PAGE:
The Kali river flows into the Arabian Sea in Karwar and the resultant estuary could be the reason for the tide-less beach in the town. Standing atop the fort ruins gives me the aerial view access of the kite flying just above my shoulder. The numerous islands – Kurumgad, Oyster Rock Light House, Devbagh and the Tagore Beach fringed with thickly wooded trees are visible. I persuade Avinash for a ride along the coast and to the lesser popular beach of Majali. We watch biker couples enroute Gokarna relax on the beach benches on the highway gazing at the sunset and talk to the speed boat operator about possibilities of hiring a boat to a visit to all the islands.


While Karwar revels in its raffish charm, in a sort of unchartered magnificence, Gokarna thrives in its popularity as the lesser Goa. It doesn’t have the full fledged attention deserved for Goa (for the lack of Goa’s festive vibe) but as a destination approachable within Karnataka and with an instantly recognizable vibe of a hippie culture – tattooed, dreadlocked Caucasians with sunburst hair, skin et al– Gokarna preens in the glory of its handful of pretty beaches.

Kudle exudes an air of a commonplace beach destination, Om and its eponymous Namaste beach shack is a jaunt for brief holiday makers – college going kids, young professionals and honeymooners. Paradise though prides itself with an unattainable aura that requires one to negotiate spiky boulders and rock faces on foot. But if you do take the effort, staid tranquility lingers. You will also spot lone artists – writers or musicians from far, far away land that may or may not be on the verge of breakthrough with their creative pursuits. They stay in shanties, will engage you in a conversation for the sake of humoring you and they know you can’t stay the night in paradise beach.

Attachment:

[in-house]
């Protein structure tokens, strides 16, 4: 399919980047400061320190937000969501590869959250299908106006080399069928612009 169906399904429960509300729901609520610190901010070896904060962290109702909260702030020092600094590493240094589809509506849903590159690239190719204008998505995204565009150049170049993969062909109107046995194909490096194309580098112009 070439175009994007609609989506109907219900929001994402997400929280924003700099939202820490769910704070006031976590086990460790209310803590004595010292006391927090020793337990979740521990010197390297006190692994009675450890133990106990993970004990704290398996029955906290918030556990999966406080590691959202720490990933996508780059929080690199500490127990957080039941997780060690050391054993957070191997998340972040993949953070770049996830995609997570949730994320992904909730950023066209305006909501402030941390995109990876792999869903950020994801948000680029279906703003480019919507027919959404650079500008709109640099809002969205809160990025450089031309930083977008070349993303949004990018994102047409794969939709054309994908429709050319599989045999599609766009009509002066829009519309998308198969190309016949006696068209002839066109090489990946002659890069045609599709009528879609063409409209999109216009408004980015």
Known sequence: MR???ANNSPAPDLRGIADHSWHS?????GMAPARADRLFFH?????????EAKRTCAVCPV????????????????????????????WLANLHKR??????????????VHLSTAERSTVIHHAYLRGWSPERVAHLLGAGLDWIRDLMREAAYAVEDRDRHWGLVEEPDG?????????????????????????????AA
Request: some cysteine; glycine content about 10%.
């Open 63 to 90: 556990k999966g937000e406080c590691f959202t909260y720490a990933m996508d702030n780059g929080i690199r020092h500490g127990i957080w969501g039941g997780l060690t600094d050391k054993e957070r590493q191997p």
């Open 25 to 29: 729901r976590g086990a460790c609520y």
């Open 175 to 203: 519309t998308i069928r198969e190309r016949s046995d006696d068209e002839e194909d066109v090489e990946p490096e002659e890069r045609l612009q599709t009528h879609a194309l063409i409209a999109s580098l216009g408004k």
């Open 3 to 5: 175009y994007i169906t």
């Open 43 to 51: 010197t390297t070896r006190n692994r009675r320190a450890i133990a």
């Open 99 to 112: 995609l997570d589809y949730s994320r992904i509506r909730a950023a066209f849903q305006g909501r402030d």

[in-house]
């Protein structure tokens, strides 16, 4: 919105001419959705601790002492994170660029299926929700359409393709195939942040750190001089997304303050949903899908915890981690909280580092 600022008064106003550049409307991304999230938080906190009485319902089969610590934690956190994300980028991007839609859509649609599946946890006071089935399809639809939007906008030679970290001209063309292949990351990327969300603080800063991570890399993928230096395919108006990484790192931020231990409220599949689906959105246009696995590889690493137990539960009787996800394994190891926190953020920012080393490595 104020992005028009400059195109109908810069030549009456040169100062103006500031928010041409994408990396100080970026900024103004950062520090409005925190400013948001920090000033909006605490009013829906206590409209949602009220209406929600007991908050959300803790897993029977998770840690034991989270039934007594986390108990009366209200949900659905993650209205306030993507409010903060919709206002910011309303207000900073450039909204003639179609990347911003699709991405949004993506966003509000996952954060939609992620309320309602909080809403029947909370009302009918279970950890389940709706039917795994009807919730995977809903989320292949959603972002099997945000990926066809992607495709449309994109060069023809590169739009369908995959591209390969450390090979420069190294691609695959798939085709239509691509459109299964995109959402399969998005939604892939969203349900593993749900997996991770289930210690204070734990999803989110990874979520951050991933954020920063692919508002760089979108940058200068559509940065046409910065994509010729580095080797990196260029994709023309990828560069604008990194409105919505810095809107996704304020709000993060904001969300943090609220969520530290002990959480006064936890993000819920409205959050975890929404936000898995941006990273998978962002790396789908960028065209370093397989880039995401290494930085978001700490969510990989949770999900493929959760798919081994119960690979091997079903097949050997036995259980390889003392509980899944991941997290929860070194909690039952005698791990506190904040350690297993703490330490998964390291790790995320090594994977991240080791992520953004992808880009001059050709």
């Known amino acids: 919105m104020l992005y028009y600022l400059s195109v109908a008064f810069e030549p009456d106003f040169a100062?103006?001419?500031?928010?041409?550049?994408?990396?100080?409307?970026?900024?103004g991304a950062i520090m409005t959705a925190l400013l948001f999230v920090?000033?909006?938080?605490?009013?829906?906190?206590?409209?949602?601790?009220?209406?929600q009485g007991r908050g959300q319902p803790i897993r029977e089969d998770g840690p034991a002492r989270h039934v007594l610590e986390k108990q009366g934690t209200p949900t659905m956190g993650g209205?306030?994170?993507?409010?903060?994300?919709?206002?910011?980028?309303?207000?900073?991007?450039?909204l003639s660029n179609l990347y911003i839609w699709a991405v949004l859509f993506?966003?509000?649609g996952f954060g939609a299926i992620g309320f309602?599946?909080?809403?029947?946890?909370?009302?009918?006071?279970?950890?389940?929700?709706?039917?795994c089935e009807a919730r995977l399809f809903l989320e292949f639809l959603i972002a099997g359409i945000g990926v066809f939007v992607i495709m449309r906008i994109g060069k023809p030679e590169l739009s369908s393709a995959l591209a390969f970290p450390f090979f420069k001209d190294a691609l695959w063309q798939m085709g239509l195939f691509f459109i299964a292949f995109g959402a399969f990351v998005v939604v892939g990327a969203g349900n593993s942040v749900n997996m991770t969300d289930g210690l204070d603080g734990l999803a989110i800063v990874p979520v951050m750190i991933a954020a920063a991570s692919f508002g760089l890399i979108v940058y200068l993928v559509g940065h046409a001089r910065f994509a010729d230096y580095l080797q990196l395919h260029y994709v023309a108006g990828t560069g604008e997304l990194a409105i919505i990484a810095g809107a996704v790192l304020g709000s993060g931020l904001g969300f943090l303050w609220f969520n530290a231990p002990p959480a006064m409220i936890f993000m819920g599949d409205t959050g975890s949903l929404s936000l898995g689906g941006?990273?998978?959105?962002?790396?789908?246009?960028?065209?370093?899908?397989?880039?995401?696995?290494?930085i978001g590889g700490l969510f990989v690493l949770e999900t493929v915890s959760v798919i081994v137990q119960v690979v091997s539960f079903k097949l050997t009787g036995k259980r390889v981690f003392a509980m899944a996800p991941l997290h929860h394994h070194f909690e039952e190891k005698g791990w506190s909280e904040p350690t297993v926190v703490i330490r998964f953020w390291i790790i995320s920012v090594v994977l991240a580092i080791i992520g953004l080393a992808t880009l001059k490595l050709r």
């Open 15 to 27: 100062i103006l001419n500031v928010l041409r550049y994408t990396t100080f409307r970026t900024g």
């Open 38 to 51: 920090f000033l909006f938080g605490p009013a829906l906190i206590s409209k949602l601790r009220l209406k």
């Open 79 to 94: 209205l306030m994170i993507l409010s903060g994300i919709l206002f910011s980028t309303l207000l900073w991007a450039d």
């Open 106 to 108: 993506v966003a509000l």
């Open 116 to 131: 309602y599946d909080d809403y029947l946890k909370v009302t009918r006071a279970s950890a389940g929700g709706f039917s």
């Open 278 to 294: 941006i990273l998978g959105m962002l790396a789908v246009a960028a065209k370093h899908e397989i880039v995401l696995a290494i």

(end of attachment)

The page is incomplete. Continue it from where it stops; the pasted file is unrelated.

“You could have called me from Om beach and I would have sent you a boat,” the sinewy, beads-wearing, overgrown beard sporting, Kamal who owns the Nirvana Beach Resort tells me. Kagal is that rare beach, the existence of which is only spread word of mouth. Or you have to stumble upon it somehow when you take beach hikes.

Located off the Agnashini river estuary, Kagal is tricky to locate – even the local rickshaw drivers draw a blank when asked to be taken there. But if taking long walks on beaches with only dogs (Kamal has six of them, most of them Rottweilers and a few strays) for company while spotting humungous crabs burrowing themselves into the sand at approaching footsteps is your thing, Kagal might suit you. That boat ride to reach Kagal though, will be something.


The name Murudeshwar evokes the image of a towering Shiva statute at 123 ft, alongside the 20-storey temple complex overlooking the beach. Murudeshwar has religious significance and receives excessive footfalls on festive occasions. On such occasions, palmists line up the street leading to the temple peering into the hands of youngsters seemingly predicting their future. A stream of sari and burqa clad pilgrims and their families pour in and out of the narrow road that’s lined with stalls selling orange colored jalebis freshly being fished out of the boiling oil alongside shops hawking pink teddy beards. The beach becomes a hub of activity, crammed with tourists taking a dip in the ocean and indulging in parasailing and jet skiing.